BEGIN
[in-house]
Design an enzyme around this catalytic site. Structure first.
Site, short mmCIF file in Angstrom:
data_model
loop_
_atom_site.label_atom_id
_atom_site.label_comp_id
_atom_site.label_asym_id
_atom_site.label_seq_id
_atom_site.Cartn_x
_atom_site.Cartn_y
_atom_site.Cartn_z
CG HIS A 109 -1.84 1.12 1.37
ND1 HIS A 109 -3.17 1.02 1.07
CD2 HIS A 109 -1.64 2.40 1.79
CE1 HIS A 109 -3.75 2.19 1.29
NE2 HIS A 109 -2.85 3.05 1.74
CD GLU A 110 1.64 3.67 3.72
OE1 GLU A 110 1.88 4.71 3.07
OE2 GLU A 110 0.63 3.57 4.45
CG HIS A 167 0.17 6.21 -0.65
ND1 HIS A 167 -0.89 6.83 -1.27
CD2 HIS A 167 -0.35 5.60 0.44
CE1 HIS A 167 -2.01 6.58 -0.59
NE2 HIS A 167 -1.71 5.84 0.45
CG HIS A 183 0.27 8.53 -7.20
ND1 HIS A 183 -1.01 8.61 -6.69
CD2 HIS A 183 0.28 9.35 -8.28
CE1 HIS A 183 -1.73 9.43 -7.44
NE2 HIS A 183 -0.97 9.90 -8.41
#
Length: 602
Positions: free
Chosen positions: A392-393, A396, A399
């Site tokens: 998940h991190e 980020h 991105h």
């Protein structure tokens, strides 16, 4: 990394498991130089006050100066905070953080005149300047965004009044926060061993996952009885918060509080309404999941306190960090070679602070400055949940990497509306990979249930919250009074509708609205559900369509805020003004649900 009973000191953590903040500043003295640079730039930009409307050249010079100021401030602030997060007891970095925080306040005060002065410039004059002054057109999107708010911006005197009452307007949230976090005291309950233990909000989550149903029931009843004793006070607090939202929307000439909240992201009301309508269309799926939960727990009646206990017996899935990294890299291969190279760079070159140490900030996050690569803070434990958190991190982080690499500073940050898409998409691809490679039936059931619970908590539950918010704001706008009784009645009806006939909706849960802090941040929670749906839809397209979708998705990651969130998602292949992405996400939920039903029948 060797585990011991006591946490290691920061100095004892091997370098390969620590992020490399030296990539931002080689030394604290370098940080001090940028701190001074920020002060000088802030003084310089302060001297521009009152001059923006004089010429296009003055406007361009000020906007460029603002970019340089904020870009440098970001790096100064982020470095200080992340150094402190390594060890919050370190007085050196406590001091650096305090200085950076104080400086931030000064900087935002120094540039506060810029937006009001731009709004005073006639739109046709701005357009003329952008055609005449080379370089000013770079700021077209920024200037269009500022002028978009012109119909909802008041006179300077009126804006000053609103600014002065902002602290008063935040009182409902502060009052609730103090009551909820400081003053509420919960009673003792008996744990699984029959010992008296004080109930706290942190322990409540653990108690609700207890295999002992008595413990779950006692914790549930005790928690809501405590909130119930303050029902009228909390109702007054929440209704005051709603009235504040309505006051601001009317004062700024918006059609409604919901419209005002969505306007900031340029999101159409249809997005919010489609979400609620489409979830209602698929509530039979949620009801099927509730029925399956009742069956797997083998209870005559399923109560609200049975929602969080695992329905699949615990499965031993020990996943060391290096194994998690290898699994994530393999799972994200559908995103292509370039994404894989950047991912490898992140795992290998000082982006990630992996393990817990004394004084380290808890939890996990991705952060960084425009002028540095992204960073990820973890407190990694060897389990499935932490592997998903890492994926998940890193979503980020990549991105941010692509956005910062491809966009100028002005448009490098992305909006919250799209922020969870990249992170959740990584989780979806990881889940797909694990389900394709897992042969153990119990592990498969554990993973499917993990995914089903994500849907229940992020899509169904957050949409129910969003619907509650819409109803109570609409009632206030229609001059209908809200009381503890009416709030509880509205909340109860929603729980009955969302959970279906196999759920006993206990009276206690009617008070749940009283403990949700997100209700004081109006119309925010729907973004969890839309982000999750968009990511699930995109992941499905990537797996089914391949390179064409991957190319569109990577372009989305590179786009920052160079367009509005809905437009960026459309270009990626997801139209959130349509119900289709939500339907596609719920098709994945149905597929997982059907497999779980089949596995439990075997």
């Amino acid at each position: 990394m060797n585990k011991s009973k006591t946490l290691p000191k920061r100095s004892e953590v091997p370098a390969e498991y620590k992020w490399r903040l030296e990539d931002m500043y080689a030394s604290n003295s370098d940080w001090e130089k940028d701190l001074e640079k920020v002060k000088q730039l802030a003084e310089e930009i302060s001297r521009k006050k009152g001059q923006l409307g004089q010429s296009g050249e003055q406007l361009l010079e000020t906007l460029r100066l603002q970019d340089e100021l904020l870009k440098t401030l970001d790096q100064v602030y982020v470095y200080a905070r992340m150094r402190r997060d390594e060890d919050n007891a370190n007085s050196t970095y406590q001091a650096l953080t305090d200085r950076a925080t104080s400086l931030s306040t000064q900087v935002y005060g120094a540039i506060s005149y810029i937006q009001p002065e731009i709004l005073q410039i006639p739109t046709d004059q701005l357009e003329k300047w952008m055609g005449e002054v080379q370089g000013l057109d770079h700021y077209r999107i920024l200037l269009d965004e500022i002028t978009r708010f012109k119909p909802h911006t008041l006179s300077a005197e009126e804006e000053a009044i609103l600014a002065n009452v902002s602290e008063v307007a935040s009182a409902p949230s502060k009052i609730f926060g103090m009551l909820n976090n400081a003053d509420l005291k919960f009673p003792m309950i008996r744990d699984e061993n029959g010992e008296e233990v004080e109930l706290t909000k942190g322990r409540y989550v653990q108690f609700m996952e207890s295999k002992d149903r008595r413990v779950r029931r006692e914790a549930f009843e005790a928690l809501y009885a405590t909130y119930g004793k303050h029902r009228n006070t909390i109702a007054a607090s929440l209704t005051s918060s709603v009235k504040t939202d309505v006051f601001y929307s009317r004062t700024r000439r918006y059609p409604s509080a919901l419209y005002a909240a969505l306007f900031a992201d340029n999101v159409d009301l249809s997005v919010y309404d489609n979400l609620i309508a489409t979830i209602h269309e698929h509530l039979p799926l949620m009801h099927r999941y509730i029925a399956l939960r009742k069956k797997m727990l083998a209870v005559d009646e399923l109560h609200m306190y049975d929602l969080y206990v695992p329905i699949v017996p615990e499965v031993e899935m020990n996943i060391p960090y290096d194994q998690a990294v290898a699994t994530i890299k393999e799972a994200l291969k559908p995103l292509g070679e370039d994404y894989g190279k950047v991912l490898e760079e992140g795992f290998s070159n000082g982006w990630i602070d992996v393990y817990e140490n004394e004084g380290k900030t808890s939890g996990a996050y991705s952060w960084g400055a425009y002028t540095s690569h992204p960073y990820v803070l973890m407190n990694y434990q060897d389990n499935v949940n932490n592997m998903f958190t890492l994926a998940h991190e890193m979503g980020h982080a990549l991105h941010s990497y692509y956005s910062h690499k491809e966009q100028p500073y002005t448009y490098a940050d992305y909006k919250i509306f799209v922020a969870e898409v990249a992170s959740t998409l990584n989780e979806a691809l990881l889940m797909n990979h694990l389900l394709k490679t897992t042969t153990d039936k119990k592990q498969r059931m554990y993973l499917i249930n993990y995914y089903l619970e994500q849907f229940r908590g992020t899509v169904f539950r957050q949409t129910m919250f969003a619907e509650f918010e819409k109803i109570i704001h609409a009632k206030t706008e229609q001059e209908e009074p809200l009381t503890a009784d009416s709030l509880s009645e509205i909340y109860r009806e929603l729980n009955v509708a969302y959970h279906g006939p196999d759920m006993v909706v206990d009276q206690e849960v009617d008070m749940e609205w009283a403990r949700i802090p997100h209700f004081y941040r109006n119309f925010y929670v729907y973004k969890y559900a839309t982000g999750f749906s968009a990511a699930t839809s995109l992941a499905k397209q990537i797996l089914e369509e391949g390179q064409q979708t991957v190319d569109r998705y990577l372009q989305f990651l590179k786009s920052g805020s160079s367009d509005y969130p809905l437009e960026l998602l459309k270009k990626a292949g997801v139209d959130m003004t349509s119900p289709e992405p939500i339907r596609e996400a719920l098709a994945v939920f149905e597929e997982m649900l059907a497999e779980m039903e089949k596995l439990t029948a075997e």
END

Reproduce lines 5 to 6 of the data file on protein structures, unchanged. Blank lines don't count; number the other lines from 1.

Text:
loop_
_atom_site.label_atom_id